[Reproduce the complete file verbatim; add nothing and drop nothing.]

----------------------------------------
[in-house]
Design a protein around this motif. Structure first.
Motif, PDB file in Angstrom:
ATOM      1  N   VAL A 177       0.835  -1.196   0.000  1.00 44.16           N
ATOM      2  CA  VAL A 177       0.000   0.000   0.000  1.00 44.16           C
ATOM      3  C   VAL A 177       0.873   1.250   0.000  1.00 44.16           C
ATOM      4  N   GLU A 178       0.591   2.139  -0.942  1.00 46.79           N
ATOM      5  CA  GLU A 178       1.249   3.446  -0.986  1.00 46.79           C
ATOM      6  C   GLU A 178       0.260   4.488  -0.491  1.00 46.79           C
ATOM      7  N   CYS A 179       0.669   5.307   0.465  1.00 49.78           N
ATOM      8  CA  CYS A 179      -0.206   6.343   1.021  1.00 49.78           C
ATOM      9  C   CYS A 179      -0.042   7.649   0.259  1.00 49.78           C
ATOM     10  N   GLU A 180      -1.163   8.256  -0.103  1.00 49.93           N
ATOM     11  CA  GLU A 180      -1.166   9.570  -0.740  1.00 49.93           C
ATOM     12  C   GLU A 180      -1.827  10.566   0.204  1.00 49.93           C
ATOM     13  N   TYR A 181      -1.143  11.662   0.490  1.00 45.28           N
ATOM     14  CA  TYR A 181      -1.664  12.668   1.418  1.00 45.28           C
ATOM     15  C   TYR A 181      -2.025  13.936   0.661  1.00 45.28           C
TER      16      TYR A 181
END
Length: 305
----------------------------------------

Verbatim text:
[in-house]
Design a protein around this motif. Structure first.
Motif, PDB file in Angstrom:
ATOM      1  N   VAL A 177       0.835  -1.196   0.000  1.00 44.16           N
ATOM      2  CA  VAL A 177       0.000   0.000   0.000  1.00 44.16           C
ATOM      3  C   VAL A 177       0.873   1.250   0.000  1.00 44.16           C
ATOM      4  N   GLU A 178       0.591   2.139  -0.942  1.00 46.79           N
ATOM      5  CA  GLU A 178       1.249   3.446  -0.986  1.00 46.79           C
ATOM      6  C   GLU A 178       0.260   4.488  -0.491  1.00 46.79           C
ATOM      7  N   CYS A 179       0.669   5.307   0.465  1.00 49.78           N
ATOM      8  CA  CYS A 179      -0.206   6.343   1.021  1.00 49.78           C
ATOM      9  C   CYS A 179      -0.042   7.649   0.259  1.00 49.78           C
ATOM     10  N   GLU A 180      -1.163   8.256  -0.103  1.00 49.93           N
ATOM     11  CA  GLU A 180      -1.166   9.570  -0.740  1.00 49.93           C
ATOM     12  C   GLU A 180      -1.827  10.566   0.204  1.00 49.93           C
ATOM     13  N   TYR A 181      -1.143  11.662   0.490  1.00 45.28           N
ATOM     14  CA  TYR A 181      -1.664  12.668   1.418  1.00 45.28           C
ATOM     15  C   TYR A 181      -2.025  13.936   0.661  1.00 45.28           C
TER      16      TYR A 181
END
Length: 305